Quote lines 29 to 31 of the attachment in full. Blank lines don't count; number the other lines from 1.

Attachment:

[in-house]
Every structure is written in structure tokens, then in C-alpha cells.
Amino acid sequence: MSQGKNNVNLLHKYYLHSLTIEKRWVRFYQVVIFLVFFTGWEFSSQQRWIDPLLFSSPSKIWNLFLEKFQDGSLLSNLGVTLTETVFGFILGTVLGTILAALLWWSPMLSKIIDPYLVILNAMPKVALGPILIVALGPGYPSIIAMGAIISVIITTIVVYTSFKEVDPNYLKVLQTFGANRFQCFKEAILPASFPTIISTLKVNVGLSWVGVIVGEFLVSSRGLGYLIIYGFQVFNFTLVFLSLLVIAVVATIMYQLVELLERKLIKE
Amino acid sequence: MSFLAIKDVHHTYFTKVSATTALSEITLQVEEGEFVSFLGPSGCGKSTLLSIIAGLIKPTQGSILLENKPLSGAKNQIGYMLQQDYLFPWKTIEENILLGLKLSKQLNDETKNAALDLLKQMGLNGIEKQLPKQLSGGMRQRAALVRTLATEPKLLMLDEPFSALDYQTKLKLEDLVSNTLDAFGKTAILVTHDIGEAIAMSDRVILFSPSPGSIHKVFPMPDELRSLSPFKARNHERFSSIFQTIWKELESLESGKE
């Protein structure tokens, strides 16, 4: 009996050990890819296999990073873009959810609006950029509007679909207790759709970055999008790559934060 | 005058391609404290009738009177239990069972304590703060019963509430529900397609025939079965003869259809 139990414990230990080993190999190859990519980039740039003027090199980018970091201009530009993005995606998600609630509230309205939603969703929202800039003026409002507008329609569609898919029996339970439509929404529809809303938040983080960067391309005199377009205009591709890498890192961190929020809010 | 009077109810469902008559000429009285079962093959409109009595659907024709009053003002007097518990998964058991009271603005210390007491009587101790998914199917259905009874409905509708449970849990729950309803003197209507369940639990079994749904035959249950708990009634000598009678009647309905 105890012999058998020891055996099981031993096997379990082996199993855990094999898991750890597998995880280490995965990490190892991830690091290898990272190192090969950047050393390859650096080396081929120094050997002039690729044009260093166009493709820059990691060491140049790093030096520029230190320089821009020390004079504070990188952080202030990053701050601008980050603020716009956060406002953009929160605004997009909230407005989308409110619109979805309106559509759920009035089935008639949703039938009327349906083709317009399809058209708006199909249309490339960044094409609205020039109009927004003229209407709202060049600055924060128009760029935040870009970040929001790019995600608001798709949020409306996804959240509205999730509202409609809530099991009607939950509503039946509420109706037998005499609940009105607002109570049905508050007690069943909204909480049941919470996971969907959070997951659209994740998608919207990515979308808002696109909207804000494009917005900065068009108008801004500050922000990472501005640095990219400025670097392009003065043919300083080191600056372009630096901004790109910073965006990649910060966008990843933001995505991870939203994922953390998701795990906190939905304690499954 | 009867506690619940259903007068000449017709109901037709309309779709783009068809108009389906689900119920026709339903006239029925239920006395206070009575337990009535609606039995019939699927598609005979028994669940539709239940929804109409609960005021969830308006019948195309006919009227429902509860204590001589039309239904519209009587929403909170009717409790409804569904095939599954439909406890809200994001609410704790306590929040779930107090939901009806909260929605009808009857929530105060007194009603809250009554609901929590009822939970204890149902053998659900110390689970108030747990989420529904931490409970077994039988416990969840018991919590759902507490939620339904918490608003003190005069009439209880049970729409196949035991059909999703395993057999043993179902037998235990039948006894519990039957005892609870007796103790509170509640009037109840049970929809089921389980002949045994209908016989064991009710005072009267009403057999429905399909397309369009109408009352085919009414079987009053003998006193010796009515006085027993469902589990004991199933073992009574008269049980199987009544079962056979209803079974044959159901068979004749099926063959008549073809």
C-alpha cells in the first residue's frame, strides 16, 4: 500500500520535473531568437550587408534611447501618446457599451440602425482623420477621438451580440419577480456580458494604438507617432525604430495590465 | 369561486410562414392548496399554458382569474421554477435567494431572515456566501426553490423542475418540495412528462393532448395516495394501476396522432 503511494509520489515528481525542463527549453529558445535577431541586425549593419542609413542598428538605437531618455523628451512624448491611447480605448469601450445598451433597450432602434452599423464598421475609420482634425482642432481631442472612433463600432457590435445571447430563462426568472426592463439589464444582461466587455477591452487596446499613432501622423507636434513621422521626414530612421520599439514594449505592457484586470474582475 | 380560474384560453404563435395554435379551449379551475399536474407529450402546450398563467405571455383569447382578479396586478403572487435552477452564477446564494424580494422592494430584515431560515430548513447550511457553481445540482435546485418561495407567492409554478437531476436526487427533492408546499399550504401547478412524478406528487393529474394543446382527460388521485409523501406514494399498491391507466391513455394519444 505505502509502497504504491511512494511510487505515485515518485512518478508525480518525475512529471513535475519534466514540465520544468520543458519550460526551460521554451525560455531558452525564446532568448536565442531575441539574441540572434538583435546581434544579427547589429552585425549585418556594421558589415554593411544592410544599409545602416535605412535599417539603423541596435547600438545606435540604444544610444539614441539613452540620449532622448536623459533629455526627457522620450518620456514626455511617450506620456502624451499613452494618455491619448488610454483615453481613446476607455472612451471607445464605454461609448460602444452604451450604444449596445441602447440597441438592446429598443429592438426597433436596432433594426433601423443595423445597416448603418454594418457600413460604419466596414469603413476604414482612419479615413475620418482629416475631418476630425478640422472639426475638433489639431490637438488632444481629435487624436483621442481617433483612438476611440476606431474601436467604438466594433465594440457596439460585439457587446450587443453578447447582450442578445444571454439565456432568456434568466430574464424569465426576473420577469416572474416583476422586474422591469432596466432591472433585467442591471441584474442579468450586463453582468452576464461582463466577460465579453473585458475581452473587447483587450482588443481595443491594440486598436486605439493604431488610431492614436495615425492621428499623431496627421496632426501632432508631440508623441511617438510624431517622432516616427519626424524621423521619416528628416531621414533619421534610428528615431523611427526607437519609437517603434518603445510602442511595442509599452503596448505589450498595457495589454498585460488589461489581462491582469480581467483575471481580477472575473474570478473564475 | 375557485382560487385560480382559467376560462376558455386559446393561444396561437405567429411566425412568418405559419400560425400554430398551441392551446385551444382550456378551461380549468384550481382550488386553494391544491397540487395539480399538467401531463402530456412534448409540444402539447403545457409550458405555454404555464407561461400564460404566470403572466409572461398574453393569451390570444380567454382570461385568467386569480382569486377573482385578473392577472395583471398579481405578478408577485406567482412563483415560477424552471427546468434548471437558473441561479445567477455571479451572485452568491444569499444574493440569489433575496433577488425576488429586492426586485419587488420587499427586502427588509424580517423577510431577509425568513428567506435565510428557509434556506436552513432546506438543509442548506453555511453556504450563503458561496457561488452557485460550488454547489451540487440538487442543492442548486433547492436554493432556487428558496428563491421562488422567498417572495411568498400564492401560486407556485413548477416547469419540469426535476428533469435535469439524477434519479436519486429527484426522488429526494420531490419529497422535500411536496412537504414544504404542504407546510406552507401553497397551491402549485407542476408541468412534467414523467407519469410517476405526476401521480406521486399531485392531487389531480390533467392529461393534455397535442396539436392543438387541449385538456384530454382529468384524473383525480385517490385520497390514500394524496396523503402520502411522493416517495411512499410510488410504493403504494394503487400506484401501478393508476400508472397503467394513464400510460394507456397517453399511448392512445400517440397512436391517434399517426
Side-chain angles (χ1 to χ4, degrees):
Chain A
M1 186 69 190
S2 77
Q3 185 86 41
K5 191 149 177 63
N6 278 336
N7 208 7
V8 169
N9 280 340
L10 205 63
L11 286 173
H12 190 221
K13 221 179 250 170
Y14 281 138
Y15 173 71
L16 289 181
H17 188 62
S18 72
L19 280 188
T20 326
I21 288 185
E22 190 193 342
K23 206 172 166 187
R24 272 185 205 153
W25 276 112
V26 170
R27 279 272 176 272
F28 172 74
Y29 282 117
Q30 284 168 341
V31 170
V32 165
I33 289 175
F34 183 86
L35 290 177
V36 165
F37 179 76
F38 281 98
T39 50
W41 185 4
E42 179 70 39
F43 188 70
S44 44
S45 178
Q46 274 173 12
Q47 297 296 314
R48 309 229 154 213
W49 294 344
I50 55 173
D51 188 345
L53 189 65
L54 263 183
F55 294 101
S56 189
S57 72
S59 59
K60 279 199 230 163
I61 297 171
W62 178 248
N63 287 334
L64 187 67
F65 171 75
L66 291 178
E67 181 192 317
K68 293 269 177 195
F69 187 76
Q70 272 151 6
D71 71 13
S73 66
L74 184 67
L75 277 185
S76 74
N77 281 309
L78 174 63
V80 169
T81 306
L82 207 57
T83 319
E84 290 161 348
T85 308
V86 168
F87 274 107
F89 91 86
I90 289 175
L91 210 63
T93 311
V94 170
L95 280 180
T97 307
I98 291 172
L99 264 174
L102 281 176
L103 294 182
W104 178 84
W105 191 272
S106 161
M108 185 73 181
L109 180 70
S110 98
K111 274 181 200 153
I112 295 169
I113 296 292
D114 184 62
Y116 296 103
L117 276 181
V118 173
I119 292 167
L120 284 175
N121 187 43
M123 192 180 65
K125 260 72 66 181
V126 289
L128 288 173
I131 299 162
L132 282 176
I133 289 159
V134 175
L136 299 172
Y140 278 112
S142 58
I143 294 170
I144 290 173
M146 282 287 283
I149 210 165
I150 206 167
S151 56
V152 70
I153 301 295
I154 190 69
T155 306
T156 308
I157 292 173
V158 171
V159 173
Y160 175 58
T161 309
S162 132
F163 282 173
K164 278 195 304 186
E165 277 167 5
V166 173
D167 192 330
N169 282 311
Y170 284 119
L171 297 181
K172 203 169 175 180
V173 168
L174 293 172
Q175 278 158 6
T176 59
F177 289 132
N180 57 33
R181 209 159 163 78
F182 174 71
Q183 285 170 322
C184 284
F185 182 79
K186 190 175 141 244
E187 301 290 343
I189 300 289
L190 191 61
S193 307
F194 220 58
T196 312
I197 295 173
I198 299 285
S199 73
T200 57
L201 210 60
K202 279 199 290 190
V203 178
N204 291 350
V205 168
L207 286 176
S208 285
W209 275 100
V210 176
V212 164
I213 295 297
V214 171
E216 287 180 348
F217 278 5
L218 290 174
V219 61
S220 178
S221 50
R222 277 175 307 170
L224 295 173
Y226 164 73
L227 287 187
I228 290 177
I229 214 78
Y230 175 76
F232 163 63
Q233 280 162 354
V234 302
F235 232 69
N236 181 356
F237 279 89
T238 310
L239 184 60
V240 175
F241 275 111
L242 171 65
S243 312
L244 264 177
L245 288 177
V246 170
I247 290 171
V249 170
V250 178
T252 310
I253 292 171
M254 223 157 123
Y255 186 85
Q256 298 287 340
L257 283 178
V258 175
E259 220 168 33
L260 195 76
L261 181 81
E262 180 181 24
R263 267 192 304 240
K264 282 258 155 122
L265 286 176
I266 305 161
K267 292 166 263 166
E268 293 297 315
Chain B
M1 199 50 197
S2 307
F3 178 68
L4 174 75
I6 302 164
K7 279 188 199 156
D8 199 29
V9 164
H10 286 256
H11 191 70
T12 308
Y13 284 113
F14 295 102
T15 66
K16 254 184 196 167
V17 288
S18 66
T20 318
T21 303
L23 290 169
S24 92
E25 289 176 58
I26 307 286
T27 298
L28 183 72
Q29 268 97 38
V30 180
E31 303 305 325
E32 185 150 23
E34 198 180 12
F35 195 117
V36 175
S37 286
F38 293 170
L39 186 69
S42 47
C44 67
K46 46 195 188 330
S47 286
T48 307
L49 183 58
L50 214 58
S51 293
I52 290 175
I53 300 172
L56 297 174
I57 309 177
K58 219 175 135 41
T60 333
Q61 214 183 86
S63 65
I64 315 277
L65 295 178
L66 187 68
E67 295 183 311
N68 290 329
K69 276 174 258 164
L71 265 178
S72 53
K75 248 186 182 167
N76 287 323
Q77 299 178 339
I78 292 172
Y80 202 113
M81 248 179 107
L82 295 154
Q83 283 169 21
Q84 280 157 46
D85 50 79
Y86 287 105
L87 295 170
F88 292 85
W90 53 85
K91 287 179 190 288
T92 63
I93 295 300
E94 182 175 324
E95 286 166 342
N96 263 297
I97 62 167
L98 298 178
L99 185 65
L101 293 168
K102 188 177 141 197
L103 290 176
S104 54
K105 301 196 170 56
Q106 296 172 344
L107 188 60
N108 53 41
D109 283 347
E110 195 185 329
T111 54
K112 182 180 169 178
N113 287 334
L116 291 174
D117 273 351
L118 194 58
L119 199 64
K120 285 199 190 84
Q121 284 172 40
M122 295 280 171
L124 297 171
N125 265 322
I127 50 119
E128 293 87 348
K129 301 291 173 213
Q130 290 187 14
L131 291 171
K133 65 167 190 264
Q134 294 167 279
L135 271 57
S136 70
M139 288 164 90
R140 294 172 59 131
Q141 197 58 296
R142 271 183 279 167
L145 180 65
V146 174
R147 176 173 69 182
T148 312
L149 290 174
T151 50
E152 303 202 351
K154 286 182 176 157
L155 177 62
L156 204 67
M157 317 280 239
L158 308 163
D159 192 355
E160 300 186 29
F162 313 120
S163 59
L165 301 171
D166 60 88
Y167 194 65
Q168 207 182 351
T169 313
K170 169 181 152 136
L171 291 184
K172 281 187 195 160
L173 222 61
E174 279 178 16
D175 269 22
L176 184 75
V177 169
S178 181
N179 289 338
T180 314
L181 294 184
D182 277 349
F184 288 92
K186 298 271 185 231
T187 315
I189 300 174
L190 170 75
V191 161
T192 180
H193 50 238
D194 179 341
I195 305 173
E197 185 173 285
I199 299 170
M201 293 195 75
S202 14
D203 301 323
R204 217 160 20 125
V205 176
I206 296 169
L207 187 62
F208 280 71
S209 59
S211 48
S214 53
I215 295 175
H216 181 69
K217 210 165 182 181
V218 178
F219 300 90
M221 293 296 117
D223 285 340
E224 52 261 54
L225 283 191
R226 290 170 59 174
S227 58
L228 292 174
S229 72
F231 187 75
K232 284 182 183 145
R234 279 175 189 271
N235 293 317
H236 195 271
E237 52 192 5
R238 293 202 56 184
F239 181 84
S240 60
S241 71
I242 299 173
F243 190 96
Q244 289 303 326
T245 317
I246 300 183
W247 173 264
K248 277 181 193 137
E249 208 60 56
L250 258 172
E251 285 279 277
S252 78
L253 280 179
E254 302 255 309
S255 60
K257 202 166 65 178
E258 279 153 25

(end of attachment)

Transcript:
E22 190 193 342
K23 206 172 166 187
R24 272 185 205 153